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Medical-Dental Integration

Medical-dental integration (MDI) helps vulnerable populations get the oral health care they need.

Many in the health care industry hear about integrating medical and behavioral health, but rarely do they discuss the importance of including dental in that paradigm. They forget that the mouth is part of the body, and to be truly healthy, one needs a healthy mouth. After all, oral diseases affect close to four billion people worldwide.

Poor oral health can lead to tooth loss, untreated caries, and periodontal disease, which contribute to adverse health outcomes and high-cost preventable emergency room visits.

For most people, oral health care in the US is neither easy to obtain nor equitable. With a focus on restorative care and an outdated reimbursement system, dental care delivery in the US is ripe for transformation. Medical-dental integration (MDI) is a key path forward, particularly for vulnerable populations.

What is MDI?

Also called interprofessional practice, MDI is rooted in science that shows addressing health issues holistically—not just oral care at the dental office and physical care at the medical office—improves outcomes and increases access to care.

The separation of medical and dental systems disproportionately burdens vulnerable populations—low-income people, people of color, people with disabilities, rural dwellers, and formerly incarcerated people are all more likely to suffer from dental disease and pain and to report difficulty gaining access to care.

MDI means helping patients get the care they need where they already receive support, creating a system that enables coordination and collaboration among a variety of providers regardless of physical location. It already happens in a number of pilot programs across the country, adding oral health screenings to well-child visits, enabling dental care providers to check insulin levels, using telehealth to connect providers from multiple disciplines with a single patient, and more.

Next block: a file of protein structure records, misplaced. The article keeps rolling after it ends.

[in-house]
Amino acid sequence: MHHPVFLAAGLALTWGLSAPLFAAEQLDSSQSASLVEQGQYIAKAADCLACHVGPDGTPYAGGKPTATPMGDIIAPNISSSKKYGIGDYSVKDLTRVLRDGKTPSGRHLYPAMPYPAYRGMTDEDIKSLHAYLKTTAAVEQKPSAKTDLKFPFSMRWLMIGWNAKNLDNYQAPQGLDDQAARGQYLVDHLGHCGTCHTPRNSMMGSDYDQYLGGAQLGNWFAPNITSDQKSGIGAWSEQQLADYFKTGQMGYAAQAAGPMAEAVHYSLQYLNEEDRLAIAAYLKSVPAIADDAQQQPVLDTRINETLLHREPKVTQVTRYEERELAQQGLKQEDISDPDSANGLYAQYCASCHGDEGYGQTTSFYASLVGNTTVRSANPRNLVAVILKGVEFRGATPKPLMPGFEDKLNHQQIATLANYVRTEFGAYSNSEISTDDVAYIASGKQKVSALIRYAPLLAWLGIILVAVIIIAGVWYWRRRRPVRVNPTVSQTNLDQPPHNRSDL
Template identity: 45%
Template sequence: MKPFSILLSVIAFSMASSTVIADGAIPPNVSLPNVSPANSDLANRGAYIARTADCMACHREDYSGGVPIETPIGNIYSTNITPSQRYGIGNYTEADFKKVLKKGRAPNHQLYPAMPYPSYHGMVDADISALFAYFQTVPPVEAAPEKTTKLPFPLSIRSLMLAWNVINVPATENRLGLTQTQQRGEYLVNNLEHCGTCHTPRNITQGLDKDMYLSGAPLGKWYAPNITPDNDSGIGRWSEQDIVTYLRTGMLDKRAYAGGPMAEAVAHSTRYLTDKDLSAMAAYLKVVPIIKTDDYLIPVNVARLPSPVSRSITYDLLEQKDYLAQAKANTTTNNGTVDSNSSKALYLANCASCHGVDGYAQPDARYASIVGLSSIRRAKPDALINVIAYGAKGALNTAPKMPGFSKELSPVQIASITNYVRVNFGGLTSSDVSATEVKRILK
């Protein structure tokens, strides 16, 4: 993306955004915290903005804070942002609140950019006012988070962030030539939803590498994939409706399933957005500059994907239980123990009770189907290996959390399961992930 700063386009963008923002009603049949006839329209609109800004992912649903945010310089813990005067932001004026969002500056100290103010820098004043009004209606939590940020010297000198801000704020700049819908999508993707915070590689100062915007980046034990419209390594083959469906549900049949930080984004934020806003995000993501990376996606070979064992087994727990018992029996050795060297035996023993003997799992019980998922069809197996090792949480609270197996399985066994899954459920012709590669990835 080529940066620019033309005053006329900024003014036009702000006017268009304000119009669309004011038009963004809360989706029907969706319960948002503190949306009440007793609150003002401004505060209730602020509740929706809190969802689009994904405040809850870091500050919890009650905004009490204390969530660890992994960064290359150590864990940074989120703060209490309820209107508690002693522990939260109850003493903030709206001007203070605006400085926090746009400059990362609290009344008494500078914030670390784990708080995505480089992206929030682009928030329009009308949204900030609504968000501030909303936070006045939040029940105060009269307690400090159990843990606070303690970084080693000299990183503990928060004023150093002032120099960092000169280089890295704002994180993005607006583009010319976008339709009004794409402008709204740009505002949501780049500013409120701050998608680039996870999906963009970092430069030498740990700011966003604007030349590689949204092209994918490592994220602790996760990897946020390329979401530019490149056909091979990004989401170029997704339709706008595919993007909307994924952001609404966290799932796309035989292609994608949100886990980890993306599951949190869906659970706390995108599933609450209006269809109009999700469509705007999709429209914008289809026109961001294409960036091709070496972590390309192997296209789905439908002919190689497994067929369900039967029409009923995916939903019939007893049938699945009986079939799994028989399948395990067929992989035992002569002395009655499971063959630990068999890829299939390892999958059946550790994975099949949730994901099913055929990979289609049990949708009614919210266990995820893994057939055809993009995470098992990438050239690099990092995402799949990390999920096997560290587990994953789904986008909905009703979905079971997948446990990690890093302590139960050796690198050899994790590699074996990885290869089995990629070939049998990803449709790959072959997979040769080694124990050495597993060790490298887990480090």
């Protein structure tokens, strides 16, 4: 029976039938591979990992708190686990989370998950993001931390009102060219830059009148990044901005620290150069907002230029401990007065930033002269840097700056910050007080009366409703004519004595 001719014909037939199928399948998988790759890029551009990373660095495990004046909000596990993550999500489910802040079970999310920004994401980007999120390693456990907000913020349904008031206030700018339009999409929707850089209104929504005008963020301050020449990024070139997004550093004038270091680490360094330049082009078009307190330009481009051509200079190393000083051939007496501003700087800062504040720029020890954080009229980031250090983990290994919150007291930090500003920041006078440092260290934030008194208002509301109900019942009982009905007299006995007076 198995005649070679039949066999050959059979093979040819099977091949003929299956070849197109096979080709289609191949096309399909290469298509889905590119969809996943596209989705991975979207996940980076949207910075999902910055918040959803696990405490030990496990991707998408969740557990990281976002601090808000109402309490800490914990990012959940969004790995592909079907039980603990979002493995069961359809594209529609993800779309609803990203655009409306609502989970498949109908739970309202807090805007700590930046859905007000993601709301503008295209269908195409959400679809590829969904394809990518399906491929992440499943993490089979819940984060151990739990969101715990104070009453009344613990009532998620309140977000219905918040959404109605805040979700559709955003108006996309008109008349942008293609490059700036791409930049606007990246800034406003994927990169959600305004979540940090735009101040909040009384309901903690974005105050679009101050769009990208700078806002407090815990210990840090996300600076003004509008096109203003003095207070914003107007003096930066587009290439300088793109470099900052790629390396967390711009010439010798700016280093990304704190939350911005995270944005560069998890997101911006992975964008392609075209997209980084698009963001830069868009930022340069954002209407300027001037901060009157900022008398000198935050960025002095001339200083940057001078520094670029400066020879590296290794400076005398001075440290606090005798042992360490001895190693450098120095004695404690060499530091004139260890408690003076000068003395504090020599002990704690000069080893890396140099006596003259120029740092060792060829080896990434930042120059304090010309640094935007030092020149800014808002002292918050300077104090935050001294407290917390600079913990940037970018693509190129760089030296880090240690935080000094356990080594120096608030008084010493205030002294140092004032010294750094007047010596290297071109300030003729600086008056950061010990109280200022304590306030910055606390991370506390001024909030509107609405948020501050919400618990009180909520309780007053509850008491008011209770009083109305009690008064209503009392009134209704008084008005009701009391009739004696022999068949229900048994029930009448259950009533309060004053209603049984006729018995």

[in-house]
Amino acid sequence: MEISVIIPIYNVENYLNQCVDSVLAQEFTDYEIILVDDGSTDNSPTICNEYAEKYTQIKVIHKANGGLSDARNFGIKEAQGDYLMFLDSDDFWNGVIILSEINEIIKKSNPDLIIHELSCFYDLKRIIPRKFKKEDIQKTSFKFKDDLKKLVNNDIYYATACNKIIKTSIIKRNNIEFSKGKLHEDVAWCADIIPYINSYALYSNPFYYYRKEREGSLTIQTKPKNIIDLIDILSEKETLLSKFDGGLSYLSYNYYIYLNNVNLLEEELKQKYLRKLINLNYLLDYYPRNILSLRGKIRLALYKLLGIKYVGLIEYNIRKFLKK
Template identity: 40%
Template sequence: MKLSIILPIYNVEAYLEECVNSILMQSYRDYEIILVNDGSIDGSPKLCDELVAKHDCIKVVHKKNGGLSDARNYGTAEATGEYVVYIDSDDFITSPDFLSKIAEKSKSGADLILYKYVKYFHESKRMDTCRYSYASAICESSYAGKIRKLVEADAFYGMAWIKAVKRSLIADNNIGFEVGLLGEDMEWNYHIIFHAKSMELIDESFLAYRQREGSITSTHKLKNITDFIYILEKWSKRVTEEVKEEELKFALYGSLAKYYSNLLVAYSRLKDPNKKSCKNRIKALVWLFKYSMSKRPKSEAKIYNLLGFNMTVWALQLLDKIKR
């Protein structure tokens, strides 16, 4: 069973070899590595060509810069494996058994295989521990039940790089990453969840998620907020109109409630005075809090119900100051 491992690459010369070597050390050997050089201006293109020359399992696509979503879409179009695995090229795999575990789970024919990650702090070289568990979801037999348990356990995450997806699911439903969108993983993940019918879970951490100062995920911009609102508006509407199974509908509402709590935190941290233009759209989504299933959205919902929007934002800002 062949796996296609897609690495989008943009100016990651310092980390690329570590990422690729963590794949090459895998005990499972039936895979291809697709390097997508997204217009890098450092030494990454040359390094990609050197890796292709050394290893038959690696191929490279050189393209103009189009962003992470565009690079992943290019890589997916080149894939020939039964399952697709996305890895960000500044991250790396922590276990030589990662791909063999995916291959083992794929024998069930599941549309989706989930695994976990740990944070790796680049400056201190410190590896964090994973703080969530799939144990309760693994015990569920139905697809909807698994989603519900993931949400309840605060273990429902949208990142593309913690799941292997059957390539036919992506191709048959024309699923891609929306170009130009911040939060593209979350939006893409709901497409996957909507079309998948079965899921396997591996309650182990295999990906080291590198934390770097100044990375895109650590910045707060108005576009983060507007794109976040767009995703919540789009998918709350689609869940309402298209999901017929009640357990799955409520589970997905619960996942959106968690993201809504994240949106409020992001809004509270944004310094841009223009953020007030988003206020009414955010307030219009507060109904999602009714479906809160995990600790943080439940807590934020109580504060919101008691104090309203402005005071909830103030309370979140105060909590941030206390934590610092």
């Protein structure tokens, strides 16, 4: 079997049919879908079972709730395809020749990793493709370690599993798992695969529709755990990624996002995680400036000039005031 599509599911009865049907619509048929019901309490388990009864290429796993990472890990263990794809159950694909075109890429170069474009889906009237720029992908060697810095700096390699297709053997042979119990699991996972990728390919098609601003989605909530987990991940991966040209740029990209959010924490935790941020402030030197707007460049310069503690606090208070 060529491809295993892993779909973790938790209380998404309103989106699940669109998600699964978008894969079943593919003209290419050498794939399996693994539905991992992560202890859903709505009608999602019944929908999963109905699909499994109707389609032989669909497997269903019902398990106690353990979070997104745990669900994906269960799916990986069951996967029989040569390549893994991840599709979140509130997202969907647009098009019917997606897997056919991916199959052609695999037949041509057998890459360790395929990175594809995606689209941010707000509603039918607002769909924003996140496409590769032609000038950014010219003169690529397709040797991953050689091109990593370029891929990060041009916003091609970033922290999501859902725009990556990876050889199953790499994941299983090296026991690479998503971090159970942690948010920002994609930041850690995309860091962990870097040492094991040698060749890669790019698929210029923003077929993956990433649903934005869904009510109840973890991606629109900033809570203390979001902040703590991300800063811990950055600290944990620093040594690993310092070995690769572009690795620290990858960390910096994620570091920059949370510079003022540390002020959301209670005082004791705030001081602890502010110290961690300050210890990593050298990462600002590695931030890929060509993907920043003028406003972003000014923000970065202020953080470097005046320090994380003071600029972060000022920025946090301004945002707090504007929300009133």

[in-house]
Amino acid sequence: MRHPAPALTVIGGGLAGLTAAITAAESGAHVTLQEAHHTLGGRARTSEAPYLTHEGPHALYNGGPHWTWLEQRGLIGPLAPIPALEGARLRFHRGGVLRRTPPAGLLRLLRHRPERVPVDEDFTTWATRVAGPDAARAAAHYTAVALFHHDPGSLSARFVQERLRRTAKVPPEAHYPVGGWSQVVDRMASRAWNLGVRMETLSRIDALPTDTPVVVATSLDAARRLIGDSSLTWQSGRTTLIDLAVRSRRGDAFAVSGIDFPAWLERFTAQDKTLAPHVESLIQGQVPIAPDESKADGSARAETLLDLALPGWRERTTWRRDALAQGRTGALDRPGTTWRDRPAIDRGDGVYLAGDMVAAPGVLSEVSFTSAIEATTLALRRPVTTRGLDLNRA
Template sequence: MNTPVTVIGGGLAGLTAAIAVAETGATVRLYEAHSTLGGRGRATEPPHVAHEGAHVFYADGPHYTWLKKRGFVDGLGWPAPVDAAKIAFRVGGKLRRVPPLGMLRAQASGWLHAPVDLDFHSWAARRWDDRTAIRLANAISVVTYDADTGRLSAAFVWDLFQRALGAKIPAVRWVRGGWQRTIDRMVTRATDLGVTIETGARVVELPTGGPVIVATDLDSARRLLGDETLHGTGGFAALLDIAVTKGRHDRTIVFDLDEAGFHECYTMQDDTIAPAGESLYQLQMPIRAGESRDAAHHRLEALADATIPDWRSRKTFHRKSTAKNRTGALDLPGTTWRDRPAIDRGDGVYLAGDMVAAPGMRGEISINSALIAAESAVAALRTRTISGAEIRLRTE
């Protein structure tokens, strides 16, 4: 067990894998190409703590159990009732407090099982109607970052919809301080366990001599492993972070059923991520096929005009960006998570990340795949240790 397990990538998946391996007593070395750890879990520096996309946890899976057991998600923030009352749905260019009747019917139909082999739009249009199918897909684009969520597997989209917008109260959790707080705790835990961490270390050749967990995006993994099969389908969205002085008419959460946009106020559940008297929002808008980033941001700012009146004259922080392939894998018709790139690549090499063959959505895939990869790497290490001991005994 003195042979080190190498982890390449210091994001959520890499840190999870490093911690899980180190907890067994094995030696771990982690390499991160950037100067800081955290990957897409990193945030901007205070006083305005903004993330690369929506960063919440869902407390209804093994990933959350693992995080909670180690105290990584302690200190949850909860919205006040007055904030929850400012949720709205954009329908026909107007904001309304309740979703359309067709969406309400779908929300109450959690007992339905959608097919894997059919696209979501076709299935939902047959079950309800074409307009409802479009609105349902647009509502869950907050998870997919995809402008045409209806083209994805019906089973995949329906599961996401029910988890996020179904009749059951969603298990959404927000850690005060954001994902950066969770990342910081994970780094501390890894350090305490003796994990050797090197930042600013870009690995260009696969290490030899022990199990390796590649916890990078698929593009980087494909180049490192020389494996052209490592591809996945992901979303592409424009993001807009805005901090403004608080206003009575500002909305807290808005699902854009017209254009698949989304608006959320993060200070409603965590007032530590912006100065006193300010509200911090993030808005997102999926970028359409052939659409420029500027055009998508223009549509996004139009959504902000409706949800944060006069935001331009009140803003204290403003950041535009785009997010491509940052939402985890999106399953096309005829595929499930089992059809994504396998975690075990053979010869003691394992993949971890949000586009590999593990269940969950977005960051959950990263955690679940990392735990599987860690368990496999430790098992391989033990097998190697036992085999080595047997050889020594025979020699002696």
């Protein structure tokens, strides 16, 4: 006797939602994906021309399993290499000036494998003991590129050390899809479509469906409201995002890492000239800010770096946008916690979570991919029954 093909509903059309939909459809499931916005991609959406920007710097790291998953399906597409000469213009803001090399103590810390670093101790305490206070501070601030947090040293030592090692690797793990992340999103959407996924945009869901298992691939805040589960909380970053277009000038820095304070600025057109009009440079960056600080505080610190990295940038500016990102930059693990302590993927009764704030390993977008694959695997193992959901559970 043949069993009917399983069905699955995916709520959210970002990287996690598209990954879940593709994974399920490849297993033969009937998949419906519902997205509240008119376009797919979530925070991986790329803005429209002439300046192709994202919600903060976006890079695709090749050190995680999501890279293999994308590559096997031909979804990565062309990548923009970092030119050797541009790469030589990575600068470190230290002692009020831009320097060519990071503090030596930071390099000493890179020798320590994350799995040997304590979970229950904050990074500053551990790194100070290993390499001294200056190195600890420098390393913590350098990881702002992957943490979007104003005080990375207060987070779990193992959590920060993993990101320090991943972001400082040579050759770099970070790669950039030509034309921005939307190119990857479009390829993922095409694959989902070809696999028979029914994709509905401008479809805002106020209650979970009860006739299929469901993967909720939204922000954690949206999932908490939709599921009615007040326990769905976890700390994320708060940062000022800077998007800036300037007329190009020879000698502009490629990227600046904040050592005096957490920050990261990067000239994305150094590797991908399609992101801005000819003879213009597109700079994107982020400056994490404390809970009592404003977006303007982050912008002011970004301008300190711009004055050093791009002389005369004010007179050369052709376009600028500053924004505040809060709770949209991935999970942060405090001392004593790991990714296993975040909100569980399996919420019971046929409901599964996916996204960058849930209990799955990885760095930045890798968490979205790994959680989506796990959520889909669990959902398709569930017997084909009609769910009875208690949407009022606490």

What MDI Can Achieve

Personalized, integrated care plans effectively decrease the number of emergency department visits, reduce overall health care expenditures, and are well received by network providers. MDI can also indirectly drive significant cost saving by addressing undiagnosed systemic disease earlier and enhancing chronic disease management. Yearly savings could reach as high as $100 million if screenings for diabetes, high blood pressure, and high cholesterol occurred during dental care visits, according to the CDC.

To get there, everyone involved in dental care delivery, including software vendors, payers, policymakers, and dental providers, has a role.

  • Together we must:
    Offer standard, comprehensive dental benefits for any person.
  • Address the disconnect between public insurance programs where dental benefits may overlap.
  • Create a holistic MDI experience for members that will make progress in all four components of the quadruple aim.
Preventistry Pulse


The newsletter designed for anyone who wants to improve oral health for themselves, their families, customers or communities.